AgEagle UAV lands in Australia

By: Carene Chong

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A US-built Unmanned Aerial Vehicle (UAV) with near-infrared imaging capabilities for crop inspection has officially landed in Australia.

Watch the video above to see the AgEagle being launched

The AgEagle flying wing drone is built in Kansas, USA specifically for the farming industry and was designed with input from agronomists, farmers and aviation engineers.

Australian distributor Falcon UAV is planning to launch the system at the upcoming AgQuip field days in Gunnedah, New South Wales where visitors will be able to see, touch and feel the piece of equipment.

According to Falcon UAV director Phil Lyons, the key benefit of the AgEagle is its ability to capture images in the near-infrared spectrum to determine the health of crops on a field.

"All plant life absorbs radiation from the sun and reflects it. A healthy plant reflects more radiation whereas a plant under stress will reflect less," Lyons explains.

"When we convert the images into Normalized Difference Vegetation Index (NDVI) it shows on a map which sections of the paddock is crook and which ones are healthy," he adds.

"Farmers won’t need to then spend money on crop treatment or fertilisers on crops that are healthy, thus helping them save money."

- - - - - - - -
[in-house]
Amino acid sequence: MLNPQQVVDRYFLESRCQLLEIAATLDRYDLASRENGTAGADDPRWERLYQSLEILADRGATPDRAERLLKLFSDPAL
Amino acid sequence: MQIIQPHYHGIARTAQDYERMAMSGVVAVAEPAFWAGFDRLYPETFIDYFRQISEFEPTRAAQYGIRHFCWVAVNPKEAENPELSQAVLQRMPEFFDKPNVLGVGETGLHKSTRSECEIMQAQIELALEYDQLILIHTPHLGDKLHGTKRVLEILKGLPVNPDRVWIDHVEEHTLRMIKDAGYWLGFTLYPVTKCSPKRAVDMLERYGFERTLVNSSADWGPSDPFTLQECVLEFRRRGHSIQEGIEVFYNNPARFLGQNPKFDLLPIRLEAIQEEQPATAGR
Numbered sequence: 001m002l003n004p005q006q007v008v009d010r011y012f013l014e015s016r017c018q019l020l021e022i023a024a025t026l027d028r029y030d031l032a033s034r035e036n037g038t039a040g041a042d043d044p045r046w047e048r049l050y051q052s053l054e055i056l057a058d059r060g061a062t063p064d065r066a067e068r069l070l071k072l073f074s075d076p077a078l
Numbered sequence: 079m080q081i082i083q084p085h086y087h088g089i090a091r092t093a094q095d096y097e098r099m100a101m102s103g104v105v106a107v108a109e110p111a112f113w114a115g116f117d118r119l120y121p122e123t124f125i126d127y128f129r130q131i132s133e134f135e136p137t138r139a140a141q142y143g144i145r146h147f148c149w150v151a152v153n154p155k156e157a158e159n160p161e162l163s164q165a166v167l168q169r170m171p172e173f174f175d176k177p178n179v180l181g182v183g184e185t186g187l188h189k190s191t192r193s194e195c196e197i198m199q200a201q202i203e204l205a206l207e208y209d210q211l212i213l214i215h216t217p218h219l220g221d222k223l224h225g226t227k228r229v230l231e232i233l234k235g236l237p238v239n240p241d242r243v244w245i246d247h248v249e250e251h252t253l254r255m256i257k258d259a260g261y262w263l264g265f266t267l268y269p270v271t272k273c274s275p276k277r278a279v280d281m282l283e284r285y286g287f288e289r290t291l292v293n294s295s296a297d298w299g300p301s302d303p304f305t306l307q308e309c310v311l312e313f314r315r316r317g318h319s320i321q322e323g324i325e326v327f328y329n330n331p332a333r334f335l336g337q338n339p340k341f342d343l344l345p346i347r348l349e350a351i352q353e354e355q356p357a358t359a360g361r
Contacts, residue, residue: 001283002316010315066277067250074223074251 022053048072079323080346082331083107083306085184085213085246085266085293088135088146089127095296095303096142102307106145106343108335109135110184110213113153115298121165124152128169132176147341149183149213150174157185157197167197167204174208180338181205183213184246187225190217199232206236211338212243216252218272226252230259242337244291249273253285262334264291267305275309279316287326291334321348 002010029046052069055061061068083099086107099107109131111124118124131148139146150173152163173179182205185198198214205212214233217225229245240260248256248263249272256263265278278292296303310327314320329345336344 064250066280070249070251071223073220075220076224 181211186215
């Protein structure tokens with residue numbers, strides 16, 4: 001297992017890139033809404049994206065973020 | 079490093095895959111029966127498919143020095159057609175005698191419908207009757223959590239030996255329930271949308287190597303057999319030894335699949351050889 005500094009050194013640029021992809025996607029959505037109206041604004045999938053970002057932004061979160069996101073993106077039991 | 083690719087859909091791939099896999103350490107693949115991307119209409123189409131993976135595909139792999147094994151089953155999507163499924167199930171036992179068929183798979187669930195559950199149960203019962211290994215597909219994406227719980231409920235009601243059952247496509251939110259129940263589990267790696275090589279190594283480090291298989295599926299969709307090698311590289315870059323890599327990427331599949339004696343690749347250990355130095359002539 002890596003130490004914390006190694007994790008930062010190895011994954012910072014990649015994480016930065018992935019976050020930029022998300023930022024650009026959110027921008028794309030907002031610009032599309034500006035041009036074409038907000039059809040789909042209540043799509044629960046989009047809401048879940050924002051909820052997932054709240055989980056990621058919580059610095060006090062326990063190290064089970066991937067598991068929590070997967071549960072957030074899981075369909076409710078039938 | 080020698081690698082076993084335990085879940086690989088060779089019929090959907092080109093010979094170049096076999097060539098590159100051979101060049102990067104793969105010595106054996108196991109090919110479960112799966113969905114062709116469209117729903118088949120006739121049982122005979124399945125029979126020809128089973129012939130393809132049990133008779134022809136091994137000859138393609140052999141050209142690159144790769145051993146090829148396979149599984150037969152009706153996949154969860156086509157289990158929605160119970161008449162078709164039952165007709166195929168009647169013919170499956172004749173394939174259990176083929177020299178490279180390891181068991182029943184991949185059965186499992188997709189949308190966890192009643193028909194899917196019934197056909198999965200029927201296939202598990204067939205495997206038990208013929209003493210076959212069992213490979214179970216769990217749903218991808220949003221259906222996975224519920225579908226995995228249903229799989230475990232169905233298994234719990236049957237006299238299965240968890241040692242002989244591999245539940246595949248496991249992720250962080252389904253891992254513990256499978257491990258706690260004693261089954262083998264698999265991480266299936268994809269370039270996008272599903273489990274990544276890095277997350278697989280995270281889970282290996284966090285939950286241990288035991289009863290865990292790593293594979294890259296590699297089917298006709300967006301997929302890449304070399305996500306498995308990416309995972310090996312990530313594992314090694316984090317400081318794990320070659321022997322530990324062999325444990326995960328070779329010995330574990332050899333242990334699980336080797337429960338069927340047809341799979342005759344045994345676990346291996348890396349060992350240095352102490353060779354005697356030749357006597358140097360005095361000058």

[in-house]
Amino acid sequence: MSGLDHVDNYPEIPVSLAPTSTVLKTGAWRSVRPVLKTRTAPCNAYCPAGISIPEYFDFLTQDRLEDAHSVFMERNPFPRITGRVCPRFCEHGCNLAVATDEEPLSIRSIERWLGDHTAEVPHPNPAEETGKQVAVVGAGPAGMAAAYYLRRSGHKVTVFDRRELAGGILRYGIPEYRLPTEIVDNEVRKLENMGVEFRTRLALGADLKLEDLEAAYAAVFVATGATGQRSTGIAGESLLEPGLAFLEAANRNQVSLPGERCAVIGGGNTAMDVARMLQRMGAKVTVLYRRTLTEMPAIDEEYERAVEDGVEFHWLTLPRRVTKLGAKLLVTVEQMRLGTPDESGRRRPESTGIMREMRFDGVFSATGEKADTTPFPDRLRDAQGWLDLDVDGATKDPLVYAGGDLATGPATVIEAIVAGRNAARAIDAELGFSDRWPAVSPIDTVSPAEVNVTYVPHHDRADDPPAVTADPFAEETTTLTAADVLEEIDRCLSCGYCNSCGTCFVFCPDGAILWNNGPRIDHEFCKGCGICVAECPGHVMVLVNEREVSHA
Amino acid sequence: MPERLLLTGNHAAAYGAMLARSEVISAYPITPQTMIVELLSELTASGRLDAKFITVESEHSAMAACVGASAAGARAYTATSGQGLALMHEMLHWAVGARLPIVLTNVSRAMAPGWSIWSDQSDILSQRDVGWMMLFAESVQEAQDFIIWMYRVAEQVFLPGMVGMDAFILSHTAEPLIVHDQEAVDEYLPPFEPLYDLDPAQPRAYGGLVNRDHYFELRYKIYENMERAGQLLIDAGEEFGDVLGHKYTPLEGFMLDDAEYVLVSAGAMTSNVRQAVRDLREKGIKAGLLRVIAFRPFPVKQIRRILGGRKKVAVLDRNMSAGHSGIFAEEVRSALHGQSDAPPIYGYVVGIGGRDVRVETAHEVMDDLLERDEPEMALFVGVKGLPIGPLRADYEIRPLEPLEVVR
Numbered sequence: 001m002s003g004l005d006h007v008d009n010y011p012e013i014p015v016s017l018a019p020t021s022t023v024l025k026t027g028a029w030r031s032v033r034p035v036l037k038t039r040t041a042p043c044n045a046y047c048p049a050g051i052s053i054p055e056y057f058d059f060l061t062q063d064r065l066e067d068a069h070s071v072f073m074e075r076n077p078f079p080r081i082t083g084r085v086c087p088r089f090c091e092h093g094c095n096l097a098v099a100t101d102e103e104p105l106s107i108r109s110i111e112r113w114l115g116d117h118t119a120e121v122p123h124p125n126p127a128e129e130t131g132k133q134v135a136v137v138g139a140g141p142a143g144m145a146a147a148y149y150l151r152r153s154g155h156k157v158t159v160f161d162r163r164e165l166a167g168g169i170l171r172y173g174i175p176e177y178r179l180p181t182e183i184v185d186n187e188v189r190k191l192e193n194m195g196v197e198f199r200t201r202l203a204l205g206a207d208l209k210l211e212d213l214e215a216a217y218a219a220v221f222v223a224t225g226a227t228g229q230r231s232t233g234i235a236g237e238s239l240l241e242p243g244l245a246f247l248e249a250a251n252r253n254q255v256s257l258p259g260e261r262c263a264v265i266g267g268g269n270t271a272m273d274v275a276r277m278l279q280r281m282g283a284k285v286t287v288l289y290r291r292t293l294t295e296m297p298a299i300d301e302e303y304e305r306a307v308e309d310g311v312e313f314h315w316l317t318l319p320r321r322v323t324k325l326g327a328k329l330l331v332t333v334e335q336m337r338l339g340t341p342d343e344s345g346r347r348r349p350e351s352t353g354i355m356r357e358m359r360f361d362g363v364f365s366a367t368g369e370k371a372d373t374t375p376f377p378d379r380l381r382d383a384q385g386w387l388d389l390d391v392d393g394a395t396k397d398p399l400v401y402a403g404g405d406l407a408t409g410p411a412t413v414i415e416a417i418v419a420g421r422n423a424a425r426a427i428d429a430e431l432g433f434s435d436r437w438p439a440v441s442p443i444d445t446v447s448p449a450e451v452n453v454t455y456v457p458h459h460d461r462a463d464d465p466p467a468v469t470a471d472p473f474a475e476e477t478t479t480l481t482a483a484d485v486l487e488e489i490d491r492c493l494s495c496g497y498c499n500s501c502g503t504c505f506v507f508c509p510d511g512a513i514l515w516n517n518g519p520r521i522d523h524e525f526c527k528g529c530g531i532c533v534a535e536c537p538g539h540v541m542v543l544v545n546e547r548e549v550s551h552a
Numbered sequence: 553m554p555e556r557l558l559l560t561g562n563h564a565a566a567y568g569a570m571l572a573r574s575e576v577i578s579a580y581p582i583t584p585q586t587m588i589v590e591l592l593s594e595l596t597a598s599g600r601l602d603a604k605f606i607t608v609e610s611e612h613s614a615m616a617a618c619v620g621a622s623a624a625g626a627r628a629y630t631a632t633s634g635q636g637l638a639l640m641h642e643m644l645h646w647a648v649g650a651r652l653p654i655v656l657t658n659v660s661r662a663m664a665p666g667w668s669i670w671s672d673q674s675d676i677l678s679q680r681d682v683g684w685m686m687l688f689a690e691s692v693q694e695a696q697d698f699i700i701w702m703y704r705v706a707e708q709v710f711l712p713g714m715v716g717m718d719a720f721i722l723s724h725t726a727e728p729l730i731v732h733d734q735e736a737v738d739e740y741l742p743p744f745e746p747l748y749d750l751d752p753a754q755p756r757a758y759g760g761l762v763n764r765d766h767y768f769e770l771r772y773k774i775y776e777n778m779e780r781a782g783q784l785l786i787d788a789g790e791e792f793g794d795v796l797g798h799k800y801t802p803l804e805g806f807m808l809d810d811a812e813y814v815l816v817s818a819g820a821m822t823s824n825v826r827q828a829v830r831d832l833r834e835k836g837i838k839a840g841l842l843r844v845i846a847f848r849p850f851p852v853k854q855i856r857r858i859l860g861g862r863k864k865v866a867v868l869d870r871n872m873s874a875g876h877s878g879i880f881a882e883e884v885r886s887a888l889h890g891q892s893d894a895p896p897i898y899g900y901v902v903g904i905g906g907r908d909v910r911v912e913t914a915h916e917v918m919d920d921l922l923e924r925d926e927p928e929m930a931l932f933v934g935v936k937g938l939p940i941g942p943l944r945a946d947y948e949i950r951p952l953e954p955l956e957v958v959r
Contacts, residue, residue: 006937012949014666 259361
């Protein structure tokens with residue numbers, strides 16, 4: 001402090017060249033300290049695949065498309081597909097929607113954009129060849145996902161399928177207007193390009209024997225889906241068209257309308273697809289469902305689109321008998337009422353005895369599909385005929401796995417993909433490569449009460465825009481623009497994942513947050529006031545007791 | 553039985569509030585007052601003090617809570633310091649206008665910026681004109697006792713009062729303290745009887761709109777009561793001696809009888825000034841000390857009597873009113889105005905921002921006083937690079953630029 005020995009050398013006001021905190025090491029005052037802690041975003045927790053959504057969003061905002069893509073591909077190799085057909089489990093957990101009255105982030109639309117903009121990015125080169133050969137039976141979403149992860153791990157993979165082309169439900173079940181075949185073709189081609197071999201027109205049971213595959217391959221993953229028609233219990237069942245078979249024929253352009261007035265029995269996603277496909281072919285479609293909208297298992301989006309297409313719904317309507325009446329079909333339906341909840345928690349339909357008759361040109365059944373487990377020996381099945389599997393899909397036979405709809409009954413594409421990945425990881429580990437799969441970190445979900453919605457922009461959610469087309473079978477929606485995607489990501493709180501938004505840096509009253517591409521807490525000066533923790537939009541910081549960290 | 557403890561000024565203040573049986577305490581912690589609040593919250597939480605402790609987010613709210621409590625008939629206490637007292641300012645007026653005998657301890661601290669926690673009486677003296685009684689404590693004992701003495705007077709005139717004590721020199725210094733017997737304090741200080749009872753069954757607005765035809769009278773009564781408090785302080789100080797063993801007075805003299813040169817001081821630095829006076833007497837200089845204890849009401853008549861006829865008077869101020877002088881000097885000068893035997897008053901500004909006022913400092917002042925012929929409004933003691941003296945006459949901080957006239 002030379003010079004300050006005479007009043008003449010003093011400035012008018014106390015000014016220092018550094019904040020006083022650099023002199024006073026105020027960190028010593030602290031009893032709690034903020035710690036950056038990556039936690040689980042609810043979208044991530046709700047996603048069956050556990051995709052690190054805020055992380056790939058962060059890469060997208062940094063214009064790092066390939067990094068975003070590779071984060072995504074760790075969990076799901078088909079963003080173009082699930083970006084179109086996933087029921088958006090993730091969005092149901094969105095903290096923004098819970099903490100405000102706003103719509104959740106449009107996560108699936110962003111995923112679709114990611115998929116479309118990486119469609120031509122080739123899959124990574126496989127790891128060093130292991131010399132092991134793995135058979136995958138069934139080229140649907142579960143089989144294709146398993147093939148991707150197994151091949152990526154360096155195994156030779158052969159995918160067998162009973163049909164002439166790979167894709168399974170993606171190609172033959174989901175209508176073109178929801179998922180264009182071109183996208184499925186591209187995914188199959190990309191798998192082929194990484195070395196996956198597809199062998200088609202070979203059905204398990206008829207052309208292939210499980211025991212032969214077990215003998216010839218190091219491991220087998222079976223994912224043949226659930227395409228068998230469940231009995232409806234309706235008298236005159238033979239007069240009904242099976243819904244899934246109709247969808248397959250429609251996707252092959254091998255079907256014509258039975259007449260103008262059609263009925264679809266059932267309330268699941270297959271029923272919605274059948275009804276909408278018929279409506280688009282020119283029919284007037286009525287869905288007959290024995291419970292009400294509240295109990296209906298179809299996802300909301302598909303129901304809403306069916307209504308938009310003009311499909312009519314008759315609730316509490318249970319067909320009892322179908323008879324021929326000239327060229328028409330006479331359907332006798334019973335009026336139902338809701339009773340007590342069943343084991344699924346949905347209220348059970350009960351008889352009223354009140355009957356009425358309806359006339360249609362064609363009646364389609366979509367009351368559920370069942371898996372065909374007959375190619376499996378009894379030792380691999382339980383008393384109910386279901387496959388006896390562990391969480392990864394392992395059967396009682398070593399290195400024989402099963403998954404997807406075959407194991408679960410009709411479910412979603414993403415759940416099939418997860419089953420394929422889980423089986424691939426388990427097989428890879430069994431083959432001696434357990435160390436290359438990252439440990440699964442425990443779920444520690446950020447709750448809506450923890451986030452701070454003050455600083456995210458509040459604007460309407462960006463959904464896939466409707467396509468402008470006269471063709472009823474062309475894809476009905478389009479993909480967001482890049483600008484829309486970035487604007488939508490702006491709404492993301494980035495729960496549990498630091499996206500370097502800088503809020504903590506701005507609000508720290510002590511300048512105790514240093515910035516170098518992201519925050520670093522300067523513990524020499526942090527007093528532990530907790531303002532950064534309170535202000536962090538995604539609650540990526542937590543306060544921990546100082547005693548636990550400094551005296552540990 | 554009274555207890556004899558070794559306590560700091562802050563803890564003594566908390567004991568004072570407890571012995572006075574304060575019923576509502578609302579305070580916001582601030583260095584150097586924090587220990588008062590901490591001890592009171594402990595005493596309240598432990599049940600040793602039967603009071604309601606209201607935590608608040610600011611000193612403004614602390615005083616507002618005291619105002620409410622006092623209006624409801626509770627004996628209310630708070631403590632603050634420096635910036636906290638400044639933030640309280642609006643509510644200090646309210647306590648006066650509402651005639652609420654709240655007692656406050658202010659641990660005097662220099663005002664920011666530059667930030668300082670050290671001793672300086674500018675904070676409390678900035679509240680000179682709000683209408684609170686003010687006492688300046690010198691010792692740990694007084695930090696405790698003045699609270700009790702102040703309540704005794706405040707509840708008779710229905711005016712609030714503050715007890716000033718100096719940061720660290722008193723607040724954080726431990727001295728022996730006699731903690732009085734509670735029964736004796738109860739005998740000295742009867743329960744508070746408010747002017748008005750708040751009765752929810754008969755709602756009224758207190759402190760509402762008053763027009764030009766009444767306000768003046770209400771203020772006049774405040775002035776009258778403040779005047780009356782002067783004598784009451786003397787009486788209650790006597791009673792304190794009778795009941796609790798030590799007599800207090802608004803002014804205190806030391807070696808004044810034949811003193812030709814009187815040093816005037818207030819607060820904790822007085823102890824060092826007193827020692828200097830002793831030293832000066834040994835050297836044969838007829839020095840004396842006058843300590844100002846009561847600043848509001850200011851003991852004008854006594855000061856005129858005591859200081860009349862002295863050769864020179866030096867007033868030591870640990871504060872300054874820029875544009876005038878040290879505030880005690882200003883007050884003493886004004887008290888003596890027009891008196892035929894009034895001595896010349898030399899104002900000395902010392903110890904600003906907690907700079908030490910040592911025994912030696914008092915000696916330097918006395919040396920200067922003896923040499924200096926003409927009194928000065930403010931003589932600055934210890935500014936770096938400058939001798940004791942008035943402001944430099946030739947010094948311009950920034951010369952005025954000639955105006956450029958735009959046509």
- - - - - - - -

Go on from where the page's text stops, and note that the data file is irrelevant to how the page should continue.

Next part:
Ag Eagle Near Infrared Image

NDVI image of a paddock

Following the AgEagle’s launch and utilisation in the USA, Lyons says farmers who have bought the system have seen savings of between 10 to 20 per cent in their crop treatment expenditure.

"That percentage of savings allows you to buy a couple of AgEagles," he adds.

Another point of difference between the system and other UAVs on the market, Lyons says, is the way it operates.

"The flying of the AgEagle is fully computerised. Anybody can fly it literally," he says.

A user simply downloads a map of their farm from Google Earth onto the AgEagle Flight Planning Software, and the program automatically outlines the paddock and creates a flight plan. The user then launches the AgEagle using a specialised "Long Bow" launcher and can then sit back and let the machine do all the work.

Compared to multi-copter UAVs, Lyons says the flying wing model is far more stable in windy conditions and generally has greater endurance on the field. The AgEagle is able to cover over 800 acres in a single 45 minutes flight.

However, what really sets the AgEagle apart from the rest, according to Lyons, is its affordable price tag.

"There was a UAV of another brand in America that is selling for $45,000, and another one from NZ costing over $50,000," he says.

"The AgEagle system costs less than $25,000 and includes the flying wing, the NDVI camera attached to the UAV, all other relevant software and hardware as well as training."

Falcon UAV also provides imaging services for farmers who do not wish to purchase the system.

Visit Falcon UAV’s stand at Row J, 16B at AgQuip to see the AgEagle, or stay tuned for our video coverage from the field days where we will be chatting to a number of exhibitors including Falcon UAV.

AgQuip is scheduled to take place in Gunnedah, NSW from August 19 to 21.

Look up more information about AgQuip 2014.

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